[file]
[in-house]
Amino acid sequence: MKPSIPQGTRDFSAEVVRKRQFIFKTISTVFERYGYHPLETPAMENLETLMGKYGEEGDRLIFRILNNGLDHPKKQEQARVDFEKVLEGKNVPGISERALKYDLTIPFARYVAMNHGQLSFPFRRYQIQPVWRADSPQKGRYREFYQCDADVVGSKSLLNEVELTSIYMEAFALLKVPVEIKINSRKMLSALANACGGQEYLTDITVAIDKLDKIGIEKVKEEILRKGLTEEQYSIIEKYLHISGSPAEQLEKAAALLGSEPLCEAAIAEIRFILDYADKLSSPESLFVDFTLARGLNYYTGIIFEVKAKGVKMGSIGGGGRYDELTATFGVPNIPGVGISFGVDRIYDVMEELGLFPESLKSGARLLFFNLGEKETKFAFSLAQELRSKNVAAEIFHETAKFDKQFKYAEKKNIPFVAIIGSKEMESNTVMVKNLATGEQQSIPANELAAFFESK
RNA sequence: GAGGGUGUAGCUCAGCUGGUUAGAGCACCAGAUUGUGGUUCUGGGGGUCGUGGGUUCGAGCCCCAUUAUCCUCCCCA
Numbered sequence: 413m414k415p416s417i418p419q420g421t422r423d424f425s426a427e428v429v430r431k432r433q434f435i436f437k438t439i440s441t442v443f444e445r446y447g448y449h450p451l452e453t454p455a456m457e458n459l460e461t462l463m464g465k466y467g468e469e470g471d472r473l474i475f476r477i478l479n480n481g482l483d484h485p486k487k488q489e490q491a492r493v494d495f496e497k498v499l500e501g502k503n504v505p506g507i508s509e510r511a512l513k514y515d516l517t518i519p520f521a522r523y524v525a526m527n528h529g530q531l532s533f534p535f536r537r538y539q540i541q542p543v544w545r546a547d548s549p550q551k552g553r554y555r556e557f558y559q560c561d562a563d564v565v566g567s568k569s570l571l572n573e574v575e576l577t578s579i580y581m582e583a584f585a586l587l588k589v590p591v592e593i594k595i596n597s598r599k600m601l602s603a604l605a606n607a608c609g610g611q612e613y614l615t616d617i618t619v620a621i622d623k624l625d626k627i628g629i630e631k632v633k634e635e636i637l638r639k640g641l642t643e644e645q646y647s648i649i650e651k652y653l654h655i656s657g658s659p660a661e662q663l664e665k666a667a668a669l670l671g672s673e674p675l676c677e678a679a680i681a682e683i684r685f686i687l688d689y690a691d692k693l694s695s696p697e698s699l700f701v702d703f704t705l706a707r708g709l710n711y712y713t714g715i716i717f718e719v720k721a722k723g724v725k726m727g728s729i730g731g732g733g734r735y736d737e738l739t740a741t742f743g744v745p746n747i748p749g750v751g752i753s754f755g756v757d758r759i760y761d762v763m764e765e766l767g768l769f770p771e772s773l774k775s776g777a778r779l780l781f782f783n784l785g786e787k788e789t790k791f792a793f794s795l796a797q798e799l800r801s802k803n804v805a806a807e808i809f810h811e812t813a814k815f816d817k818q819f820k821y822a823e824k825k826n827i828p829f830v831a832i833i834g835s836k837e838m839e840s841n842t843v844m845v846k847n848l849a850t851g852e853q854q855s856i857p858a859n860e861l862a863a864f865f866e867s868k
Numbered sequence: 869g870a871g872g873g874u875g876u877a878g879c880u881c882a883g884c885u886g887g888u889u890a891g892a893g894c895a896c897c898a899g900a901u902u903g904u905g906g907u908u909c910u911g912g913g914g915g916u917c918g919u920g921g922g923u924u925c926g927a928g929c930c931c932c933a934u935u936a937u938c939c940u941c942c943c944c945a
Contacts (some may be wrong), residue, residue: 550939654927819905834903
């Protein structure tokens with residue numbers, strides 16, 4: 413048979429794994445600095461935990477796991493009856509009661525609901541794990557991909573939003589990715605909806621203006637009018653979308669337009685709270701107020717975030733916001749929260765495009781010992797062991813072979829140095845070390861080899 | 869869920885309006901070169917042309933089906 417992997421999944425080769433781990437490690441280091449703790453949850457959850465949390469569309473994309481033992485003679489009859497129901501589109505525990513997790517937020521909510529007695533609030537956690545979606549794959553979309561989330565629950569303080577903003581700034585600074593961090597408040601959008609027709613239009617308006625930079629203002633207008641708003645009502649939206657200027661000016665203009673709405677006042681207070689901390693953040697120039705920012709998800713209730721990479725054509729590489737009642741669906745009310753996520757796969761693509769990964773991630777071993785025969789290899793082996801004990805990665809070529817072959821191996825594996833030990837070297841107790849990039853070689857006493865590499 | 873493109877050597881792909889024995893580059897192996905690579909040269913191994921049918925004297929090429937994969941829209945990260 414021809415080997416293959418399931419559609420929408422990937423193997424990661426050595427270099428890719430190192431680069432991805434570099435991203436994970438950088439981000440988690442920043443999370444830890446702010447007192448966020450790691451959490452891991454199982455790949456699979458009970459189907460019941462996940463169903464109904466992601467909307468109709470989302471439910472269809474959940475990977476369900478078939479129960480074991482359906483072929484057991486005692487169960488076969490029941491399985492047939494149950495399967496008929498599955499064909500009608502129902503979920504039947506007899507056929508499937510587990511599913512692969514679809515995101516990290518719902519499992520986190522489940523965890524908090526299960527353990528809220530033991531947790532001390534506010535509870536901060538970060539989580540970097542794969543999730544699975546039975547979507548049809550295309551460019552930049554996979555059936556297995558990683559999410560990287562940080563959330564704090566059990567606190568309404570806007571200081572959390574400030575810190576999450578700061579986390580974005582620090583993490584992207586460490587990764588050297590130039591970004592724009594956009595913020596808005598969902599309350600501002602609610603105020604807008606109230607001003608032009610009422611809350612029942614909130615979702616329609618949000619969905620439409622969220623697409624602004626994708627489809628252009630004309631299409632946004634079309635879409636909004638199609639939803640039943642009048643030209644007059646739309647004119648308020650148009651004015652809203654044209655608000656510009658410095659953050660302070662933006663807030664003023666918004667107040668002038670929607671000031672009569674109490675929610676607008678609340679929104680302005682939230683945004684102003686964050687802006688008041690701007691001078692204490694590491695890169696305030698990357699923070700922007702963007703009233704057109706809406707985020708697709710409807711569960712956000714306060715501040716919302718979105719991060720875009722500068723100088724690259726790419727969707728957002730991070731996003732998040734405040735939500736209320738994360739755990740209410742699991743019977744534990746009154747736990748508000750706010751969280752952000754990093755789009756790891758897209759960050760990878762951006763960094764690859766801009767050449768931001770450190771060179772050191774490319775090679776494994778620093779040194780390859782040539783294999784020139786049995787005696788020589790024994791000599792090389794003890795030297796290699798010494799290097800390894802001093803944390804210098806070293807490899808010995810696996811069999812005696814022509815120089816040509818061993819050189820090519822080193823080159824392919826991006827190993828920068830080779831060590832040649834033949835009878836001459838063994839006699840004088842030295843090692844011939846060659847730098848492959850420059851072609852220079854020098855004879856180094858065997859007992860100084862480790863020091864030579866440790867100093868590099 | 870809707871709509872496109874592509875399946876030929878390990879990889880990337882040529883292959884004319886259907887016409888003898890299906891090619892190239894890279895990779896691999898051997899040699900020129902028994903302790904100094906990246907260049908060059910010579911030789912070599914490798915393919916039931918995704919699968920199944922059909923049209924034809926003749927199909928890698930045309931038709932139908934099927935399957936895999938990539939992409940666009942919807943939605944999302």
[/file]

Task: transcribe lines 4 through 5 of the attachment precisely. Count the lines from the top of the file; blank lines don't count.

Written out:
Numbered sequence: 413m414k415p416s417i418p419q420g421t422r423d424f425s426a427e428v429v430r431k432r433q434f435i436f437k438t439i440s441t442v443f444e445r446y447g448y449h450p451l452e453t454p455a456m457e458n459l460e461t462l463m464g465k466y467g468e469e470g471d472r473l474i475f476r477i478l479n480n481g482l483d484h485p486k487k488q489e490q491a492r493v494d495f496e497k498v499l500e501g502k503n504v505p506g507i508s509e510r511a512l513k514y515d516l517t518i519p520f521a522r523y524v525a526m527n528h529g530q531l532s533f534p535f536r537r538y539q540i541q542p543v544w545r546a547d548s549p550q551k552g553r554y555r556e557f558y559q560c561d562a563d564v565v566g567s568k569s570l571l572n573e574v575e576l577t578s579i580y581m582e583a584f585a586l587l588k589v590p591v592e593i594k595i596n597s598r599k600m601l602s603a604l605a606n607a608c609g610g611q612e613y614l615t616d617i618t619v620a621i622d623k624l625d626k627i628g629i630e631k632v633k634e635e636i637l638r639k640g641l642t643e644e645q646y647s648i649i650e651k652y653l654h655i656s657g658s659p660a661e662q663l664e665k666a667a668a669l670l671g672s673e674p675l676c677e678a679a680i681a682e683i684r685f686i687l688d689y690a691d692k693l694s695s696p697e698s699l700f701v702d703f704t705l706a707r708g709l710n711y712y713t714g715i716i717f718e719v720k721a722k723g724v725k726m727g728s729i730g731g732g733g734r735y736d737e738l739t740a741t742f743g744v745p746n747i748p749g750v751g752i753s754f755g756v757d758r759i760y761d762v763m764e765e766l767g768l769f770p771e772s773l774k775s776g777a778r779l780l781f782f783n784l785g786e787k788e789t790k791f792a793f794s795l796a797q798e799l800r801s802k803n804v805a806a807e808i809f810h811e812t813a814k815f816d817k818q819f820k821y822a823e824k825k826n827i828p829f830v831a832i833i834g835s836k837e838m839e840s841n842t843v844m845v846k847n848l849a850t851g852e853q854q855s856i857p858a859n860e861l862a863a864f865f866e867s868k
Numbered sequence: 869g870a871g872g873g874u875g876u877a878g879c880u881c882a883g884c885u886g887g888u889u890a891g892a893g894c895a896c897c898a899g900a901u902u903g904u905g906g907u908u909c910u911g912g913g914g915g916u917c918g919u920g921g922g923u924u925c926g927a928g929c930c931c932c933a934u935u936a937u938c939c940u941c942c943c944c945a